For Russell T. Davies, It’s a Sin is both familiar and a first. Throughout his career, the Welsh screenwriter has made a point of centering queer characters and communities, even before such stories joined the mainstream. His 1999 breakout Queer As Folk became a lightning rod for its pre-Skins take on teen sexuality; the companion shows Cucumber and Banana, which first aired in 2015, are both a wide-ranging survey of Manchester’s storied gay scene and a specific study in male midlife crisis. And while sexuality may not be the central subject of Years and Years, Davies’s 2019 series that managed to out-dystopia Black Mirror, it’s part of a tapestry that also includes extremism, immigration, and the threat of nuclear war. Yet It’s a Sin, which lands stateside this Thursday on HBO Max after notching record ratings in the U.K., covers a subject that Davies somehow hasn’t hit to this point: the AIDS crisis, a turning point in queer history that the 57-year-old scribe lived through in full.
Speaking from his hometown of Swansea, Davies uses another entry in his CV to explain his approach to It’s a Sin. “I wanted to strip this down to really, really ordinary people,” he says, contrasting his M.O. with a more American approach. “It’s more of a British point of view of drama, I think. The great difference between the two countries is the difference between Doctor Who and Star Trek. In Star Trek, they’re the military. They represent Earth when they go out and do good in the universe. The Doctor’s a complete loner, all of his own. No wage, no boss, no taxes.” Davies would know: He’s the showrunner responsible for reviving the sci-fi staple in its current form, starting with Christopher Eccleston as the title character in 2005.
Per Davies’s mandate, the protagonists of It’s a Sin are neither movement leaders nor anonymous victims. They’re the tight-knit inhabitants of a London flat nicknamed the Pink Palace. Davies’s closest proxy is Ritchie, a young actor played by pop star Olly Alexander of the trio Years and Years (no relation to Davies’s show), though aspiring tailor Colin (Callum Scott Howells) also grew up in Wales. Instead of joining the fight against AIDS and the homophobia and civil indifference that came with it, Ritchie’s first instinct is to brush it off as a false alarm: “They want to scare us and stop us having sex and make us boring because they can’t get laid,” he scoffs.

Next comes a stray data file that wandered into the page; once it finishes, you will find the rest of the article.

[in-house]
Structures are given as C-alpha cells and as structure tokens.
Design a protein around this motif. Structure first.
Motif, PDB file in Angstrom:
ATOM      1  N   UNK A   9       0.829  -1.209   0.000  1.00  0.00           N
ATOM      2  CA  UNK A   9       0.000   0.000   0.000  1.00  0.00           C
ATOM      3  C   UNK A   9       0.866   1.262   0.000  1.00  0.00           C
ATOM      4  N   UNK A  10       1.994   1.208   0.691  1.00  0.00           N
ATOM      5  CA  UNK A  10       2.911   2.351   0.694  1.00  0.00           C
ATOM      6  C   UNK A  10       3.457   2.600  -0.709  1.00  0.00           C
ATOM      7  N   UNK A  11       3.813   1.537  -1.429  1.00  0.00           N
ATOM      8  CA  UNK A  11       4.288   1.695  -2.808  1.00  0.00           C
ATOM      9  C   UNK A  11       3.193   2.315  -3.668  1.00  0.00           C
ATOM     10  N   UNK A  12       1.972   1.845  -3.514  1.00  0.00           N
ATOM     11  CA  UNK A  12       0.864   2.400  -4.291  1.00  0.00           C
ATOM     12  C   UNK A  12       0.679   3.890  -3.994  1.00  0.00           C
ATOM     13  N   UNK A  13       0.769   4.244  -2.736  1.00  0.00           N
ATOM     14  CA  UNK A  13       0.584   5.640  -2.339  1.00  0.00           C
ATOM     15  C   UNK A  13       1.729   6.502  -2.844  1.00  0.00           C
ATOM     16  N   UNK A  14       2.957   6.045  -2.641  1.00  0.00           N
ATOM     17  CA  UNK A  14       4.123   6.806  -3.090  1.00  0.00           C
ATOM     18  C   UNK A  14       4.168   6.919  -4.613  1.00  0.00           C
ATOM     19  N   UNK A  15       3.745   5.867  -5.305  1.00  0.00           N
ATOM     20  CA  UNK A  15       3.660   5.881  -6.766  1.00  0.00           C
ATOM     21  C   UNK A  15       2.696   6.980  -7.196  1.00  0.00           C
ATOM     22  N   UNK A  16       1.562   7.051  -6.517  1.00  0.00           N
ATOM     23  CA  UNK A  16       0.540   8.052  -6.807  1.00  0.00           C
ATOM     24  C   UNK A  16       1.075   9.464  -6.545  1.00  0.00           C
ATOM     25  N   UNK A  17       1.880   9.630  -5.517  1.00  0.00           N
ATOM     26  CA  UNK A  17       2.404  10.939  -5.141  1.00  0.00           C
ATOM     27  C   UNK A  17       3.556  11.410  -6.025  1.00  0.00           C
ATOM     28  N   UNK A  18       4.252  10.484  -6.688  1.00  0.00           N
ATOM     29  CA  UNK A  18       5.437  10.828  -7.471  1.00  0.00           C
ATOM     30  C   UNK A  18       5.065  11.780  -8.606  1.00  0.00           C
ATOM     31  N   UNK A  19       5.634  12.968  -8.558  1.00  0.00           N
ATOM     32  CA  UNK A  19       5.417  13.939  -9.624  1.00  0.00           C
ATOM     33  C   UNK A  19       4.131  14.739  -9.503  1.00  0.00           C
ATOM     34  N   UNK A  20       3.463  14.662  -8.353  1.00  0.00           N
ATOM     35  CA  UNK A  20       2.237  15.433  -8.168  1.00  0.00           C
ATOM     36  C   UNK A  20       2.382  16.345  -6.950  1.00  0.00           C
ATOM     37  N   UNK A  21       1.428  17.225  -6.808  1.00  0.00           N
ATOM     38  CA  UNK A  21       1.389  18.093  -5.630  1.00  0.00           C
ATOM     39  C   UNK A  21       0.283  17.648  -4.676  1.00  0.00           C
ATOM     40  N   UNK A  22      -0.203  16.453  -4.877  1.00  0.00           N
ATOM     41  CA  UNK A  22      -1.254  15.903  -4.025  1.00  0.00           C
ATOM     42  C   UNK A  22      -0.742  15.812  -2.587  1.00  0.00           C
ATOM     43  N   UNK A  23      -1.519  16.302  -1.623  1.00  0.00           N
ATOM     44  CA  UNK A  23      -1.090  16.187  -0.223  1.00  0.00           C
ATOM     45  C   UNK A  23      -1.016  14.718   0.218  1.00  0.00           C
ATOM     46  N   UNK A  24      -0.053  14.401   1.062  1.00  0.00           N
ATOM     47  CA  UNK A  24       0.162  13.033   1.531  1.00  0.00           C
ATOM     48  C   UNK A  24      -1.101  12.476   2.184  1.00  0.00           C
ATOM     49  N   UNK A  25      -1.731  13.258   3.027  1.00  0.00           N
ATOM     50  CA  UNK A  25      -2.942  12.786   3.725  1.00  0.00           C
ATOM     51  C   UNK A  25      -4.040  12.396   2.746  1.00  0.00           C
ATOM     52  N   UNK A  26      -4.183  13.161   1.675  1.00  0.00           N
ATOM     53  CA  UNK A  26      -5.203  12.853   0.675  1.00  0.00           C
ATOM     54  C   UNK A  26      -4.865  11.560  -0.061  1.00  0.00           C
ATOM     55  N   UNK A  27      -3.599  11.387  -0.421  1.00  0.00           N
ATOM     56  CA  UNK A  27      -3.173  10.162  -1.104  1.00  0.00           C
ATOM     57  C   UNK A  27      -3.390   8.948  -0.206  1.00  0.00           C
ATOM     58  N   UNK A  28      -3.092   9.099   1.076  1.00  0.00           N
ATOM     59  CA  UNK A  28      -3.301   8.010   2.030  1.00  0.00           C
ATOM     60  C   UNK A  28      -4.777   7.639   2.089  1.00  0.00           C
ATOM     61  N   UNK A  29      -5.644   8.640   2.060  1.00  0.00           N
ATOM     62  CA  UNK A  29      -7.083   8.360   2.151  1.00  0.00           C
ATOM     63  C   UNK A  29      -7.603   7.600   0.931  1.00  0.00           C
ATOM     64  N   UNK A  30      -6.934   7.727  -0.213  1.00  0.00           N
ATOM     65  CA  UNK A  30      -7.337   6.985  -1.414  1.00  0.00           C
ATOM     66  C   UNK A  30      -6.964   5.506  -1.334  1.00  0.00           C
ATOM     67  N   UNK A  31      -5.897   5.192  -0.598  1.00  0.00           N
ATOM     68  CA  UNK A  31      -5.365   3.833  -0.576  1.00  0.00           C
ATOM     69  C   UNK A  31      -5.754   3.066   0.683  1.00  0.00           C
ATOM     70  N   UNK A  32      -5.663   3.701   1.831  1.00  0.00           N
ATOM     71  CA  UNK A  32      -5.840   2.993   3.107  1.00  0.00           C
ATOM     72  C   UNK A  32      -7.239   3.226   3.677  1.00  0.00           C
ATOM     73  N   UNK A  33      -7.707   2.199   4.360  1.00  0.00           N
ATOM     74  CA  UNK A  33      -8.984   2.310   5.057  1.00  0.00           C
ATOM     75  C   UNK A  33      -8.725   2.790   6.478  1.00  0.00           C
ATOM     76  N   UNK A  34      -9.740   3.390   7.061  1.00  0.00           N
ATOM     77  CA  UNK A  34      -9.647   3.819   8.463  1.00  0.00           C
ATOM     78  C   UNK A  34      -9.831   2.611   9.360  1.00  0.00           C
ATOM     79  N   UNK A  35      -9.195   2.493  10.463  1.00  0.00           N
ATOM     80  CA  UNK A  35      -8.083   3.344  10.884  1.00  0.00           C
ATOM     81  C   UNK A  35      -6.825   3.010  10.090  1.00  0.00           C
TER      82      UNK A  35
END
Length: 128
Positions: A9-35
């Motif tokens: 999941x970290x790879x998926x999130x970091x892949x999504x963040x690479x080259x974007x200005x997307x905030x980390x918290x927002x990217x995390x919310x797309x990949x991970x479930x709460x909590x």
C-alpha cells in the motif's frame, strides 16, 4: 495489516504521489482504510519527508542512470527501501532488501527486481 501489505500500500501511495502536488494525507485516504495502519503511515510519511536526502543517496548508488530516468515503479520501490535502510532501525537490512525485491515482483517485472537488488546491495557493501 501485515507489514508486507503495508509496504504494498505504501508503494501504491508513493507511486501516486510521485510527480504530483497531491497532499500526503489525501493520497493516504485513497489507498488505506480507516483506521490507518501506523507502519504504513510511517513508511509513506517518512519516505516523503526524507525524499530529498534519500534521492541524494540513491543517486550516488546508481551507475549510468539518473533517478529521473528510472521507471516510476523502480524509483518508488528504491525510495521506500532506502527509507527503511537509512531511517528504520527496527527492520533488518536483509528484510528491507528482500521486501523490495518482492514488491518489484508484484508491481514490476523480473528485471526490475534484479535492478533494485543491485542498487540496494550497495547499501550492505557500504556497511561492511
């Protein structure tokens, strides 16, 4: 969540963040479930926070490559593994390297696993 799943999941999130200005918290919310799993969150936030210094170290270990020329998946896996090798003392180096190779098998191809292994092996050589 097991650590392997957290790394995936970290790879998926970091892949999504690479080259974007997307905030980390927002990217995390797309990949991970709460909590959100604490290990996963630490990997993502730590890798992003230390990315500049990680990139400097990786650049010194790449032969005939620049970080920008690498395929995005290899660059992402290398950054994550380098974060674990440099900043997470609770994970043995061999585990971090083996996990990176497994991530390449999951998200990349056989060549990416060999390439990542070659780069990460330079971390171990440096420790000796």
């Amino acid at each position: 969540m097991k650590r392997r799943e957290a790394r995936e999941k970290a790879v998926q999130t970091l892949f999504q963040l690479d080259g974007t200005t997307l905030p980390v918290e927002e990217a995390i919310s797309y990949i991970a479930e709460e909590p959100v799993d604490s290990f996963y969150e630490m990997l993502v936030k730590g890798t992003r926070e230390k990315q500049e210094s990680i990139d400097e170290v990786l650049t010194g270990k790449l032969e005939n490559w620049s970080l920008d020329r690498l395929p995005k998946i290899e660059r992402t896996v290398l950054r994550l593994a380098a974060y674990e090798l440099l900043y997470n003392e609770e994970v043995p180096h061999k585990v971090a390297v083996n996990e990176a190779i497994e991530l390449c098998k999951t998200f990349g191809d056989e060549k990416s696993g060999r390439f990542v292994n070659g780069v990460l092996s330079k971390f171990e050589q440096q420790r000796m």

His roommate and college friend Jill (Lydia West) gets involved, staffing a hotline and doing research on the side, but most of their clique tends toward Ritchie’s point of view. (Jill is based on Davies’s real-life friend Jill Nader, though he notes Nader is far more “camp and hilarious” than the TV version: “You have to tone people down when you put them on screen.”) After a lifetime in the closet, these young men finally have a chance to sleep with who they want to sleep with, party where they want to party, be who they want to be. Why should they stop now? But over five episodes that span the 1980s, Ritchie and his friends learn the hard way that AIDS can’t be ignored.
It’s a Sin earns its place in what’s already a vast canon of AIDS-related art, much of which Davies revisited in preparation for penning his scripts: plays like Angels in America, The Normal Heart, and more recently, The Inheritance; films like BPM and Holding the Man; books like The Line of Beauty. (One exception was the FX show Pose, which Davies saved for after he completed the writing process; once he caught up, he promptly “fell in love” with Billy Porter.) Davies likens this informal dialogue with his artistic predecessors to “one of those quarterly dances where everyone swaps partners,” but still feels It’s a Sin offers a unique angle in its focus on day-to-day gay life.
“It’s very hard to talk about the pieces of work without sounding like you’re criticizing them,” Davies says. The gaps he saw in AIDS-focused art nonetheless informed his focus nationally, tonally, and thematically. “I loved The Inheritance; I ended up sobbing on the pavement with everyone else. And yet from a British point of view, I was amused that three of the characters are billionaires. You’d never have that in a British drama. And so, that interested me enough to think, well, that’s the territory where British drama goes.” Davies also highlights a less iconic example of storytelling around AIDS: British soap operas, which tend to be more issue-driven and working-class-centric than American ones. Many included story lines about HIV in the late ’80s and early ’90s, though they tended to emphasize the disease’s universality and downplay its specific impact on gay men.